Dilemma: It's early spring and you're about to break trail on a 20-mile hike. You step out the door to load the car and find your old, moldy hydration bladder buried deep in your trunk. Turns out, you never cleaned it after last fall's epic, and it's a grimy, moldy mess.
Solution(s): Yes, you could wash it out. But that takes time and may leave your water supply tasting like cleaning agents. You could also buy a new bladder or water bottle. The former requires an extra trip to the gear shop, which may very well be out of the way. The latter requires lugging around a water bottle, which leaves you wondering why you bought a hydration-ready pack in the first place.
In an ideal world, you'd clean out your water bottle or pack right after each use, ensuring a clean hydration system at the ready every time. But who actually does that? I sure don't feel like doing tedious dishes after a long, hot day in the wild, and it turns out a lot of gear-manufacturing minds don't either. Over the past several years, several companies and start-ups have brought to market innovative hydration solutions that attempt to solve the problem. Here's a look at a few.
Background: The hydration pack largely took the water bottle out of the equation, but JetFlow is fixing to put it back in. Its alloy water bottle holder is designed to retro-fit a water bottle to your hydration pack, complete with hoses and bite valves. So instead of the difficult-to-clean bladder, you get a disposable bottle that you can simply toss and replace. The Salt Lake-based company promises various valves to fit all types of water bottles, with prices starting around $25 per system.
Our take: While it's definitely more convenient to chuck a water bottle than clean a bladder, this seems like the wrong product at the wrong time. With all the focus on Nalgene and permanent water bottles, a product that encourages you to just throw away bottles is kind of 10 years ago. None of the pictures or displays on this thing even show a reusable water bottle, leading me to believe that the system isn't even compatible with any. Also, the alloy system and upside-down bottle seem more cumbersome than a bladder. This might appeal to the laziest among us, but it just seems like too much product for too little payoff.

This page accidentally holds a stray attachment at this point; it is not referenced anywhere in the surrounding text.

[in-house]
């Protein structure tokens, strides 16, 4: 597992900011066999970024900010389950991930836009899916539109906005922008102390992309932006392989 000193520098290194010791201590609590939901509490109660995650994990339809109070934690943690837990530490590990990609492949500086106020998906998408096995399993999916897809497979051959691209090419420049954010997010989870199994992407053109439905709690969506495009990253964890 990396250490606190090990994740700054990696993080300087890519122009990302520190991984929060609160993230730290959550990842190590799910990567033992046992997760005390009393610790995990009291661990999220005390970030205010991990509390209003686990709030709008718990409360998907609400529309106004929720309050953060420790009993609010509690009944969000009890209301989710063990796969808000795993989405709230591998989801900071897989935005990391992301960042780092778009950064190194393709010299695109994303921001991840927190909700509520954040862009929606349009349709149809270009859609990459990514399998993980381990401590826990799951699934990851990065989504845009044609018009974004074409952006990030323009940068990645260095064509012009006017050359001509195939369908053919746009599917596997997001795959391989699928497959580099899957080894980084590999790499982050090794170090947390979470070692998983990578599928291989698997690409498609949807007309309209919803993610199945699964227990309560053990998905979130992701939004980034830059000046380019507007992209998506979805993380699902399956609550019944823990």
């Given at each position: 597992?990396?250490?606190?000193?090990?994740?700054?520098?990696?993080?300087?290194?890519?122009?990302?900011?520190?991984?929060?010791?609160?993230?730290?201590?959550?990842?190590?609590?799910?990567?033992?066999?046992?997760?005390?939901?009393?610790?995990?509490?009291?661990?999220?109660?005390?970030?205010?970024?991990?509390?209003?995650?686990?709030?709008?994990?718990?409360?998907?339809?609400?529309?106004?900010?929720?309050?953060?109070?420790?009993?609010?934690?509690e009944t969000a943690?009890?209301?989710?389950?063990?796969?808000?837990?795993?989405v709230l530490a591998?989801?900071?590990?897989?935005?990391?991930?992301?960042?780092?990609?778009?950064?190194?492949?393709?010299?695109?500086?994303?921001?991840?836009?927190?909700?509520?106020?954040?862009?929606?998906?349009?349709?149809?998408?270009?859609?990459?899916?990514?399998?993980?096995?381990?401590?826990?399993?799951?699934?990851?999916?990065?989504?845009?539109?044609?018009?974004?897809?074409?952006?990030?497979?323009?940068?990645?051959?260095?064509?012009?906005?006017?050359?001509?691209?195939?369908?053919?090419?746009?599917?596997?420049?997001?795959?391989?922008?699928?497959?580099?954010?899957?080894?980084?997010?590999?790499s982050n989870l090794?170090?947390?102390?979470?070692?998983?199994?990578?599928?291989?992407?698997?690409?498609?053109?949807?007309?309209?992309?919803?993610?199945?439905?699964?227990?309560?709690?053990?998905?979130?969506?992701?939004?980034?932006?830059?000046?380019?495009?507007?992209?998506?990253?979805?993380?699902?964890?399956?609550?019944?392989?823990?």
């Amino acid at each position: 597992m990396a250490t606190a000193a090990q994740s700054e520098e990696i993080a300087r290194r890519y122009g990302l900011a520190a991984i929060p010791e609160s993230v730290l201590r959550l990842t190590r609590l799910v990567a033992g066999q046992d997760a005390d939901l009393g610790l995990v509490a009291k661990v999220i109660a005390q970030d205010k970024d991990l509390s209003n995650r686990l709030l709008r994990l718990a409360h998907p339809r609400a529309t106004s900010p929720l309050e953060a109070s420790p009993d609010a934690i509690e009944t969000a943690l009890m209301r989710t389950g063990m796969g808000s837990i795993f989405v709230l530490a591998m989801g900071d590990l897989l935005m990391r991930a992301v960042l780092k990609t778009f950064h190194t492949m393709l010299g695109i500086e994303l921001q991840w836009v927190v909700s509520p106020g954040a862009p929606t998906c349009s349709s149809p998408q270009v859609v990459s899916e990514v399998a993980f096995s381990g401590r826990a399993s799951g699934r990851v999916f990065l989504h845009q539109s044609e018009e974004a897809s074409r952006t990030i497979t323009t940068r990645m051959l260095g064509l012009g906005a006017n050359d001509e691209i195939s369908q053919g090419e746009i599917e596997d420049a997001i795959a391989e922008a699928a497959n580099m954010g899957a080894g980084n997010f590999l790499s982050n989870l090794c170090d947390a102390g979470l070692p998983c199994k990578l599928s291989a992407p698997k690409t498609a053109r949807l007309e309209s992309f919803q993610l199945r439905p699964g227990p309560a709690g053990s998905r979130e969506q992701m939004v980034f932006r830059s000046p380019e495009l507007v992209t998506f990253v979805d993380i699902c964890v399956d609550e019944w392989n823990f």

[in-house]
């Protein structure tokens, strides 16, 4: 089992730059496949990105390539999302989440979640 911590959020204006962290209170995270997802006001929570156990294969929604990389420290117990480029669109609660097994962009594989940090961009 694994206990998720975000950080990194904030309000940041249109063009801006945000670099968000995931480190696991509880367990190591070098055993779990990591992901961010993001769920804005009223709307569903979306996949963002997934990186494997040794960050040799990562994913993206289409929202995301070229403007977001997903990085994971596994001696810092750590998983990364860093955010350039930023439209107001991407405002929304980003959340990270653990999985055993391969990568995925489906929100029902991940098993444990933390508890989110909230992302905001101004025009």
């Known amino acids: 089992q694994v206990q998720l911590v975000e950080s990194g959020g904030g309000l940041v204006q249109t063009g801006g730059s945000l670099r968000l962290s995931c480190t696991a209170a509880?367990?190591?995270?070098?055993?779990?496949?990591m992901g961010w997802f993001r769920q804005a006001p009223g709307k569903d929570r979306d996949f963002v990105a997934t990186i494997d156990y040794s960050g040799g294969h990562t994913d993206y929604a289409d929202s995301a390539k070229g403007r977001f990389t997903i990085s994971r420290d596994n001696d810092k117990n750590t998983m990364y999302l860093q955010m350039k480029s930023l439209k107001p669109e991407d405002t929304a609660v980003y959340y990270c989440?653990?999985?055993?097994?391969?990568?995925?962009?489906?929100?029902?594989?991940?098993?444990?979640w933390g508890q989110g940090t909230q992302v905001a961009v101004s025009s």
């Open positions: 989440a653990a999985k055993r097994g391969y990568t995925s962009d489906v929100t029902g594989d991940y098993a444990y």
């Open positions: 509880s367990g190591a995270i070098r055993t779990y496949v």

Flexr Replaceable Liners
Flexr offers what basically amounts to water bottles with integrated hydration bladders. Its BPA-free LDPE plastic liners slip inside the water bottle and prevent your water/Gatorade/energy concoction from actually touching the plastic. The bottle stays clean and you can just toss and replace the Flexr liner when you refill the bottle. According to the company, the liners also prevent sloshing, if that's something that worries you. The initial bottle costs $13.95, and additional liners cost about $3 to $5 for a 25 pack.
Our Take: Similar to the JetFlow, this product encourages waste at a time when outdoor folks and organizations of all kinds are constantly screaming: "Stop destroying the environment with carelessness!!!" Sure, a plastic sleeve isn't that much waste, but think about how much water you drink and how many sleeves that's going to create. Are you really that lazy that you are going to buy packs of bottle-condoms just to avoid the occassional scrub?' Seems a little overengineered for a problem that's as simple as scrub, rinse, repeat.
Background: The 22-ounce Clean Bottle is your basic BPA-free, squeezable water bottle with a little twist: The bottom unscrews along with the top. You can scrub the bottom and get a sponge or cleaning brush into the bottle itself, making the cleaning process a little quicker and easier. You can also pop all the pieces right in the dishwasher - with the open-ended design, you won't have to worry as much about yesterday's coffee grounds getting glued to the bottle bottom. A silicon washer makes the removable bottom leakproof and stable. This one will run about 10 bucks.
My Take: This is the most eco-friendly out of these three designs and is a very simple solution that doesn't feel overengineered. Of course, it's not quite as easy, either, as you'll still have to clean the bottle. But I think the Clean Bottle strikes the best balance between easy-clean design and smart, reusable product.